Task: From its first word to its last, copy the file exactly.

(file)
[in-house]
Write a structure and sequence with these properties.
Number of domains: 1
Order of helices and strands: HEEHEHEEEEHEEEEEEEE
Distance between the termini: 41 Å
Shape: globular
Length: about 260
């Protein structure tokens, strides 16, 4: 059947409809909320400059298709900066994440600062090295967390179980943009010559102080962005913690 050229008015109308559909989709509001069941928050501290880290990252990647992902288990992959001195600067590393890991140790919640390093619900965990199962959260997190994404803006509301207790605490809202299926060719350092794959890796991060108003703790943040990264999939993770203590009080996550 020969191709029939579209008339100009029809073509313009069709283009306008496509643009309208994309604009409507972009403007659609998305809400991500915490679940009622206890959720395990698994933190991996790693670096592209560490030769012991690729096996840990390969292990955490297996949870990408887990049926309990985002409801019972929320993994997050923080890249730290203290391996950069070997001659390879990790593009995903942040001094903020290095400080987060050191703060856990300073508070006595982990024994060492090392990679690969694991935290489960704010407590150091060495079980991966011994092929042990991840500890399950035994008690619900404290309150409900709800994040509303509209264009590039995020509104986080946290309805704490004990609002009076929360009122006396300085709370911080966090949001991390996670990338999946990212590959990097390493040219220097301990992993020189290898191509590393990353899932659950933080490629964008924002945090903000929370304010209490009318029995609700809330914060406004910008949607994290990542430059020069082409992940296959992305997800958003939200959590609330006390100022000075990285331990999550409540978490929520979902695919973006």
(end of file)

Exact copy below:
[in-house]
Write a structure and sequence with these properties.
Number of domains: 1
Order of helices and strands: HEEHEHEEEEHEEEEEEEE
Distance between the termini: 41 Å
Shape: globular
Length: about 260
């Protein structure tokens, strides 16, 4: 059947409809909320400059298709900066994440600062090295967390179980943009010559102080962005913690 050229008015109308559909989709509001069941928050501290880290990252990647992902288990992959001195600067590393890991140790919640390093619900965990199962959260997190994404803006509301207790605490809202299926060719350092794959890796991060108003703790943040990264999939993770203590009080996550 020969191709029939579209008339100009029809073509313009069709283009306008496509643009309208994309604009409507972009403007659609998305809400991500915490679940009622206890959720395990698994933190991996790693670096592209560490030769012991690729096996840990390969292990955490297996949870990408887990049926309990985002409801019972929320993994997050923080890249730290203290391996950069070997001659390879990790593009995903942040001094903020290095400080987060050191703060856990300073508070006595982990024994060492090392990679690969694991935290489960704010407590150091060495079980991966011994092929042990991840500890399950035994008690619900404290309150409900709800994040509303509209264009590039995020509104986080946290309805704490004990609002009076929360009122006396300085709370911080966090949001991390996670990338999946990212590959990097390493040219220097301990992993020189290898191509590393990353899932659950933080490629964008924002945090903000929370304010209490009318029995609700809330914060406004910008949607994290990542430059020069082409992940296959992305997800958003939200959590609330006390100022000075990285331990999550409540978490929520979902695919973006």